Every day our media sources report the latest crisis. Lately, the stories have focused on the violence of war, hate crimes, and people escaping violence, refugees. As Christians telling the story, we have an ethical mandate to be honest and impartial. In June, 50 journalists from ten countries gathered in Chicago for the second Crisis Publishing Initiative (CPI) to address reporting responsibility in crises.
The conference was organized by the Magazine Training Institute (MTI) in partnership with the Evangelical Press Association (EPA).
MTI is a global ministry supporting journalists with training and resources that I have long been associated with when our Lydia’s House team launched a magazine for women. Partnership is critical and I did not attend alone. Assistant Professor Amanda White attended representing our Vanguard Journalism work.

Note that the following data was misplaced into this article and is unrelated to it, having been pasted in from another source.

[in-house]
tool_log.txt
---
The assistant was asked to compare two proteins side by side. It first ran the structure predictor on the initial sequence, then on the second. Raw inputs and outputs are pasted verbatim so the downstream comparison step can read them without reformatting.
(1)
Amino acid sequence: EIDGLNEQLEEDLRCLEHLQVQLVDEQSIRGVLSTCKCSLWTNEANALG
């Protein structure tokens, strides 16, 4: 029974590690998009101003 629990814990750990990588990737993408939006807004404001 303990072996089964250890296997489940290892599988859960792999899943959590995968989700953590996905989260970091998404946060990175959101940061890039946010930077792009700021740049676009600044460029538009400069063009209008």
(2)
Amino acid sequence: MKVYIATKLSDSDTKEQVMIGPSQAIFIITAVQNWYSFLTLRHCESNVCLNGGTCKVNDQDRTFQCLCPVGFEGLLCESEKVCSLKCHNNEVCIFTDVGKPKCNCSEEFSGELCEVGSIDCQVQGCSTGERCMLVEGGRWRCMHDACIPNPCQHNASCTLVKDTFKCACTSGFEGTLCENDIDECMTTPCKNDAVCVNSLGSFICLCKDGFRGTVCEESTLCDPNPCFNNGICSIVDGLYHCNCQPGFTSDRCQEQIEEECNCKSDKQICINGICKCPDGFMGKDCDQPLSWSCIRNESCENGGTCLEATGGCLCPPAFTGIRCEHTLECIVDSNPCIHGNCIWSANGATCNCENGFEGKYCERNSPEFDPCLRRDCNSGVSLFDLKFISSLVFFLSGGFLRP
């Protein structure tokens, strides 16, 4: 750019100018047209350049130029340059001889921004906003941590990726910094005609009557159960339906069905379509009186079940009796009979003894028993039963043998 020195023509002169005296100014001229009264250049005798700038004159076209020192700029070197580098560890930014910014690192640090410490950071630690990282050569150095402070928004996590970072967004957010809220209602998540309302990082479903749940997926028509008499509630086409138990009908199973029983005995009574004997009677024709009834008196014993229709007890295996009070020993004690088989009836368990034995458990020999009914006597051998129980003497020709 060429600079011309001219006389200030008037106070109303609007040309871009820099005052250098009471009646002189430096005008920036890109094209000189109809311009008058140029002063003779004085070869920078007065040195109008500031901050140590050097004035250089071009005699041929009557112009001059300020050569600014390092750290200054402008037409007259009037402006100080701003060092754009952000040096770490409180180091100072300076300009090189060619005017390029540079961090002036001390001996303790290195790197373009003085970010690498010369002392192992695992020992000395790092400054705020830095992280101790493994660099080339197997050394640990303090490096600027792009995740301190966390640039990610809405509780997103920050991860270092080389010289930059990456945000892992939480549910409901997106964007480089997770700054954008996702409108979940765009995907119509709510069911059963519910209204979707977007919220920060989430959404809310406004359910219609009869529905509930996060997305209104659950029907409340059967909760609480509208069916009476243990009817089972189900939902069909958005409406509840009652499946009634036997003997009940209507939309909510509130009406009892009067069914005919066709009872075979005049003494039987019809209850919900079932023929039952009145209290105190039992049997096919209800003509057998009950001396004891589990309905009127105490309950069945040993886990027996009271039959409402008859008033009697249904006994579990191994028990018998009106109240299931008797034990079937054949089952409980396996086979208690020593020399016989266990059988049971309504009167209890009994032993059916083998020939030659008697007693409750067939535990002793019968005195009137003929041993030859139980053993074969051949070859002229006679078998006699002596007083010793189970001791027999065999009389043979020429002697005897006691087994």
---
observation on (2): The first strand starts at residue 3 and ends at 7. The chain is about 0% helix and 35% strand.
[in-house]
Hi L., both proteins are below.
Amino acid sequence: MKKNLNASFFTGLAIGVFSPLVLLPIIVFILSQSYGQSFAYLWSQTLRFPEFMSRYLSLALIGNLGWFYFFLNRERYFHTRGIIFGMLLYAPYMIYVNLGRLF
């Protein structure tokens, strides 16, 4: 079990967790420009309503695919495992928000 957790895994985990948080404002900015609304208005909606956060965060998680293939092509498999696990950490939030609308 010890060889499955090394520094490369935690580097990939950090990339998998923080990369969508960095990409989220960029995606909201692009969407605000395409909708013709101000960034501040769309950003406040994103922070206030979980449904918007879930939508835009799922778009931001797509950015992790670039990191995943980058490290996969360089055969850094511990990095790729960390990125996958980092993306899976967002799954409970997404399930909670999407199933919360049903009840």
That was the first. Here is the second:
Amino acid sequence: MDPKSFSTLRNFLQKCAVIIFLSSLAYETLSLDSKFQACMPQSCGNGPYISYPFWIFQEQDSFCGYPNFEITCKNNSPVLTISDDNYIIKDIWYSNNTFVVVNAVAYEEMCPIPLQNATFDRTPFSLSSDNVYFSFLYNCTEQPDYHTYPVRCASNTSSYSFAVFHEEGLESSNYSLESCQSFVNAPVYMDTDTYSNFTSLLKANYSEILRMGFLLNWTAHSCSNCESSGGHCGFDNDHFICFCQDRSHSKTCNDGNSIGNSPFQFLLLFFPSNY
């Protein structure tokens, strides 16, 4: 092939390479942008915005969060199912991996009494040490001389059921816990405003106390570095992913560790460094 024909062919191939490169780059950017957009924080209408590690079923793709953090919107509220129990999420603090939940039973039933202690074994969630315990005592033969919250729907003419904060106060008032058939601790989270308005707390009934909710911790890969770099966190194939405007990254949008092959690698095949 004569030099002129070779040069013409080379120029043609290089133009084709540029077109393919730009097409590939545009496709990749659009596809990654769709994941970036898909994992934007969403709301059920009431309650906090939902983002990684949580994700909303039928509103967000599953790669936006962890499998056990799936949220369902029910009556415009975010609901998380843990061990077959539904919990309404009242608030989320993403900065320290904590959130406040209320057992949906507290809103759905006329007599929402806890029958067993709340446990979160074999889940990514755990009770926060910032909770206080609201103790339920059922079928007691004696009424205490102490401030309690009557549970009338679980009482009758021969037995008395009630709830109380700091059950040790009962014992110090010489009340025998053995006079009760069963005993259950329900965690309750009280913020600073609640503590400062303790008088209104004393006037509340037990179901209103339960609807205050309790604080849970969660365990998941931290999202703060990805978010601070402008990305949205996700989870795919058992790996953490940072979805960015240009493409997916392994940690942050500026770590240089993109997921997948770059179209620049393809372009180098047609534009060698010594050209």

Twenty-one speakers offered expertise and experience that brought clarity and caution to many of the things we see in our daily media. Of particular concern for me as the director of GCWJ, was the growing evidence of the intersection of faith and sex in reports of persecution. Being a Christian may place a person at risk in their communities but being a Christian and female will intensify the risks. This intersection is an area that our Research in Women’s Studies class will have the opportunity to explore in more depth as our new CPI connections offer access for interviews and focus groups.
Serving as a subject matter expert to fifty journalists is an astounding opportunity. Imagine ripping open a feather pillow on a mountainside and watching the feathers taken by the wind. My prayer is that the wind of the Holy Spirit will take my words and multiply them as our global Christian community seeks justice for those being crushed (Prov. 31:8b NLT).
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